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Lok Sabha Elections 2019: Mainstream parties make tall promises but shy away from giving many women tickets

Lok Sabha Elections 2019: Mainstream parties make tall promises but shy away from giving many women tickets

Lok Sabha Elections 2019: Mainstream parties make tall promises but shy away from giving many women tickets
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By Rakesh Khar  Apr 10, 2019 8:03:48 PM IST (Updated)

The BJP and Congress are at each other’s throat in the run-up to the Lok Sabha elections. But the fierce competitors in the electoral fray have demonstrated rare unanimity in engaging women voters with a raft of schemes and sops.

The BJP and Congress are at each other’s throat in the run-up to the Lok Sabha elections. But the fierce competitors in the electoral fray have demonstrated rare unanimity in engaging women voters with a raft of schemes and sops.

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This newfound women-centrism isn’t hard to explain. Apart from fulfilling their social contract, India’s two mainstream political parties are keen to have women voters on their side. There is a view that women voters will help swing many traditionally closely fought constituencies.
With an ever-rising women voter turnout election after election, the BJP and Congress, both, see a huge opportunity in engaging them perhaps as never before.
Women voter turnout stood at a record 65.63 percent in 2014 as against 55.82 percent in 2009. The number is all set to increase in 2019.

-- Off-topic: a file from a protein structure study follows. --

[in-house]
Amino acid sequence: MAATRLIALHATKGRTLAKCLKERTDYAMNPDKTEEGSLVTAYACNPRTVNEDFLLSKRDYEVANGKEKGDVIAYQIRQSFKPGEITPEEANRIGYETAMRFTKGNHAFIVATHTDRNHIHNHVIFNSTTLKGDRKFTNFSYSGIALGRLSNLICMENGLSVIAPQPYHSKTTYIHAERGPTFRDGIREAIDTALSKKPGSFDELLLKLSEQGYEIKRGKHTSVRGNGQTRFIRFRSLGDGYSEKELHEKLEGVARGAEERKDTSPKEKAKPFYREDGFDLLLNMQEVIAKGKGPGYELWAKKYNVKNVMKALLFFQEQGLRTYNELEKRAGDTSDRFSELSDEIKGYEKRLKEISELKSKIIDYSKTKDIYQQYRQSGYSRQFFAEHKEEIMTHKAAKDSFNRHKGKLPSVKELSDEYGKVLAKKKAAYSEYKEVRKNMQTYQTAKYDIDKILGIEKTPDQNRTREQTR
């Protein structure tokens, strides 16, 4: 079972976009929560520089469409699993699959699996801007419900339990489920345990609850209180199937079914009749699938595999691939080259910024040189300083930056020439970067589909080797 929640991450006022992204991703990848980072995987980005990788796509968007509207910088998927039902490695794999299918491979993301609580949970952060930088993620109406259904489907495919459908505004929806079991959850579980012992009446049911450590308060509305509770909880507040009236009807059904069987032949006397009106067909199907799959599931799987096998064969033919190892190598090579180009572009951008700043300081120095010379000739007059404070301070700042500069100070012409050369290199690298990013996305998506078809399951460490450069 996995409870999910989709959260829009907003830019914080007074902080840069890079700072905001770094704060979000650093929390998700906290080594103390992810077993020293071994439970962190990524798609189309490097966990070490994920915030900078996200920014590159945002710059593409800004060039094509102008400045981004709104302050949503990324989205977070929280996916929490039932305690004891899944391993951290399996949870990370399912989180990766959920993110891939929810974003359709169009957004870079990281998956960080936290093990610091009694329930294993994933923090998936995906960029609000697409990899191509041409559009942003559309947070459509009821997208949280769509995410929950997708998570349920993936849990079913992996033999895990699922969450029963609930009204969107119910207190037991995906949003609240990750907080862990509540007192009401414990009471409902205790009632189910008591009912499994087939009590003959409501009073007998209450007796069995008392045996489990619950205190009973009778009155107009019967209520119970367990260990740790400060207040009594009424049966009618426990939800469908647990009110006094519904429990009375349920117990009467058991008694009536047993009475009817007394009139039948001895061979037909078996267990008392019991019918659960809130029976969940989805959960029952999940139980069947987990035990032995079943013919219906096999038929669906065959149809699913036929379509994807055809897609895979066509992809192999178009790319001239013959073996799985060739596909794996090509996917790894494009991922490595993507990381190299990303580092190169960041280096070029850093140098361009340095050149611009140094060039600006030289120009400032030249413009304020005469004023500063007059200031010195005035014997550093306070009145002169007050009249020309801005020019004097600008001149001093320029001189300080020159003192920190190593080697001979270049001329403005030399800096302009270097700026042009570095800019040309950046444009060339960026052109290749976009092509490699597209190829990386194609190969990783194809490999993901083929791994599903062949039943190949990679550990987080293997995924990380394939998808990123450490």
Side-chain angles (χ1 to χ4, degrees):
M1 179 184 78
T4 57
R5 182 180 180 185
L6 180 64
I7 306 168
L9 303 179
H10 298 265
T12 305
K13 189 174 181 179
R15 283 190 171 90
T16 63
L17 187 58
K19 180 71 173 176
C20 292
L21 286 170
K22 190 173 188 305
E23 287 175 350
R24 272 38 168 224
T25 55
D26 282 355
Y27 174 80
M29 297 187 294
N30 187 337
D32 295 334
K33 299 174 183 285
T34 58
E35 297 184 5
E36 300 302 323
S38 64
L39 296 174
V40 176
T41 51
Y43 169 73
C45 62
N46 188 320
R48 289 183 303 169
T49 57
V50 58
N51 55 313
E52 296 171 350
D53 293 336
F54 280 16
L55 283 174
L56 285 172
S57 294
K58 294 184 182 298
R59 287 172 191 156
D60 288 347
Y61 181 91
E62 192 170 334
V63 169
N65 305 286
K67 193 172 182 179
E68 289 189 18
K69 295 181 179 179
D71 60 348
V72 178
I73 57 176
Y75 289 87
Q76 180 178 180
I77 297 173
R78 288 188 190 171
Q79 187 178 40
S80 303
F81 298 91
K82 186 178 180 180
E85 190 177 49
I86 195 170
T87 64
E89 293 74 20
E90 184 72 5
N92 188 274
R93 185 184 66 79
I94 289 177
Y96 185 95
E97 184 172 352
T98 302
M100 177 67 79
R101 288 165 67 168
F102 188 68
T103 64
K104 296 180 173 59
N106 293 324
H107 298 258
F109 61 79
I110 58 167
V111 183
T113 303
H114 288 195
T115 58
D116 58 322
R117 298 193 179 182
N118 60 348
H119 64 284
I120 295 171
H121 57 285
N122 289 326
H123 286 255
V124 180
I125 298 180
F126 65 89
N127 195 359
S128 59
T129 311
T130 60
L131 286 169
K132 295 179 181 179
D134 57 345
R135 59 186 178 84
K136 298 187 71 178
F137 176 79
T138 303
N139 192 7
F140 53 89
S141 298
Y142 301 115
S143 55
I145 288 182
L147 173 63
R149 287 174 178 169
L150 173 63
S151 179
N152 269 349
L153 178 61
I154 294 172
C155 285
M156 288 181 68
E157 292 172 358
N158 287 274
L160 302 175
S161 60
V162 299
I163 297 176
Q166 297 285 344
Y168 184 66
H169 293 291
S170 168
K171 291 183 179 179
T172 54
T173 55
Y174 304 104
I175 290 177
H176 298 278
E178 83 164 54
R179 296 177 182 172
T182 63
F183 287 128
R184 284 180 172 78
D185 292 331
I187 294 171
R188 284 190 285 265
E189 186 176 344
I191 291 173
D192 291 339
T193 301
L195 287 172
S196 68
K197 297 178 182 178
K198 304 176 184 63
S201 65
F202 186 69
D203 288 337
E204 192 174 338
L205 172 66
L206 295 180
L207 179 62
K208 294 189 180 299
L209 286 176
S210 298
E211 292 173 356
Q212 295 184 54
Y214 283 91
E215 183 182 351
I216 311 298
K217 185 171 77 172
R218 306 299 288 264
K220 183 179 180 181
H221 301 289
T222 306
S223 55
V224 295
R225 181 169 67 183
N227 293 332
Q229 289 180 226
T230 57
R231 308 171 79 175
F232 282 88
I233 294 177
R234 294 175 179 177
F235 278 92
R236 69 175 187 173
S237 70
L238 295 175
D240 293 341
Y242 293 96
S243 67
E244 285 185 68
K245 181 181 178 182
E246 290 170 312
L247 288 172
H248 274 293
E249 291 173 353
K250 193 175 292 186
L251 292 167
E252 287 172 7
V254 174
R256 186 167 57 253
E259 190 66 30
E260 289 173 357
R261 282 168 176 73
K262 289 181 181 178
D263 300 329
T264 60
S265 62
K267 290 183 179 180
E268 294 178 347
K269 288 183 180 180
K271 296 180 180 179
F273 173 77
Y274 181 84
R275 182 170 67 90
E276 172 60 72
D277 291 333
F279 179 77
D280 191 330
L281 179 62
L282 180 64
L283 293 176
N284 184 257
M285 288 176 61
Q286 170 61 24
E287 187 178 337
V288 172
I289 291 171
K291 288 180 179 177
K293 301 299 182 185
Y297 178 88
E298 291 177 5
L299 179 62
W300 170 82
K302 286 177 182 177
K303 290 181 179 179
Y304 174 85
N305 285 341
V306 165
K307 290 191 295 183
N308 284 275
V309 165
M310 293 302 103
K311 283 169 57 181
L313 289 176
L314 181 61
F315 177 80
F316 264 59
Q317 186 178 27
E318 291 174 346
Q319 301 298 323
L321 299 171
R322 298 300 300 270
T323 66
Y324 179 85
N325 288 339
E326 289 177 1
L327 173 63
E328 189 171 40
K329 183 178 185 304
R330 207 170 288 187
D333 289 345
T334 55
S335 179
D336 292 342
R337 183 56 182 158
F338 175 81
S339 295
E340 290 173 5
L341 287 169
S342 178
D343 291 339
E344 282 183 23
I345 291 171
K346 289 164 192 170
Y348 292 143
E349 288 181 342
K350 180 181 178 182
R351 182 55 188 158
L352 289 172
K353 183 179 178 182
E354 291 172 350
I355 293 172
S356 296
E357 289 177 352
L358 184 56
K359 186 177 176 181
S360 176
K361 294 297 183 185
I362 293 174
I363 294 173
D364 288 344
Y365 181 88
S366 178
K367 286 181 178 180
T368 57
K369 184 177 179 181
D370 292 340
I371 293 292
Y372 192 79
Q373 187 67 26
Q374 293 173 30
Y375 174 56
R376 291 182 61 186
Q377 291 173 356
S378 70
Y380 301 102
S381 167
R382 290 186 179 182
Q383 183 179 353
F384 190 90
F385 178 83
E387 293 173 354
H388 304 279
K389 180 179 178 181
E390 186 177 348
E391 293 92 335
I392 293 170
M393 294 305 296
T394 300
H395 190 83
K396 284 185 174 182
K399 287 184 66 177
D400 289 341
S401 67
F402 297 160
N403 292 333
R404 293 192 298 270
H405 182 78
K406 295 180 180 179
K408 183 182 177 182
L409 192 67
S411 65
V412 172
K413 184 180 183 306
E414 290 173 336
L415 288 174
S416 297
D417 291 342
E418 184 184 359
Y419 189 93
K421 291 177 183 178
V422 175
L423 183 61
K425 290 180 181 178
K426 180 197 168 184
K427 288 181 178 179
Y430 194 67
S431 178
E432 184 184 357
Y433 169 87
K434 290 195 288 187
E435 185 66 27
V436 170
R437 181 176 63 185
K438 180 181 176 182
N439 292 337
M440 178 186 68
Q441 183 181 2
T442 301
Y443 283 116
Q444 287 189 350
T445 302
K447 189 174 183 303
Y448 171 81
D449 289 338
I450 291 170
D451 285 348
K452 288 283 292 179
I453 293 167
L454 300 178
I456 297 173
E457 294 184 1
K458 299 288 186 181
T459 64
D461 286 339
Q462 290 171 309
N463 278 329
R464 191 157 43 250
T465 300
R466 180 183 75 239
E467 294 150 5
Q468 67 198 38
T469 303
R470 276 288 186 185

Women Manifestos: Good, Bad & Ugly
The good news is the diversity of women-centric ideas on the table.
The bad news is that there is an overall tendency to overpromise. Slogans can hardly be measured for actual delivery.
Also, some ideas suggested in the manifestos look good as election slogans but given the ground situation, their execution might be a huge challenge.
But one thing is for sure that the intent this time moves beyond tokenism and there is a strategic thought to bring about the paradigm shift from gender gap to gender equity.
If Congress promoted NYAY aims to transfer money to female family members, BJP is already promoting UJWALA as a game changer given its enduring positive impact on poor women.
The BJP women manifesto aims to draw the distinction. It says, “The Prime Minister has stated that ‘India needs not just women development, but women-led development that makes women the leading force of our development trajectory’, and as per this belief, we have determinedly gone beyond tokenism to take substantive measures to ensure overall development of women and achieve gender equality.”
The Congress manifesto actually set the tone. It read, “Historically, Congress has been at the forefront of the struggle for women’s rights, equality and empowerment. India’s only woman Prime Minister, Smt. Indira Gandhi, belonged to the Congress. We passed many laws that empowered women. We mainstreamed gender in government schemes.”
In regard to the crucial issue of mainstreaming women in society and the economy, the ascent is uniform. It is in the nuances that the Congress manifesto aims to make a big promise.
The Congress manifesto says it would amend the service rules to reserve 33 per cent appointments to posts in the central government for women. It is easier said than done.
For two reasons- one the trajectory of jobs in the government sector has been southward bound and second given the school/college drop-out rate for women, it is a stiff challenge to have as many women apply for advertised government posts.
Also, given the job situation today, a 33 percent reservation, will further tighten the overall situation.
While in principle the idea stays noble, the proof of execution challenge comes in another promise made in the Congress manifesto – the manifesto says the Equal Remuneration Act, 1976 will be enforced effectively (an admission that bringing about gender parity at workforce isn’t easy).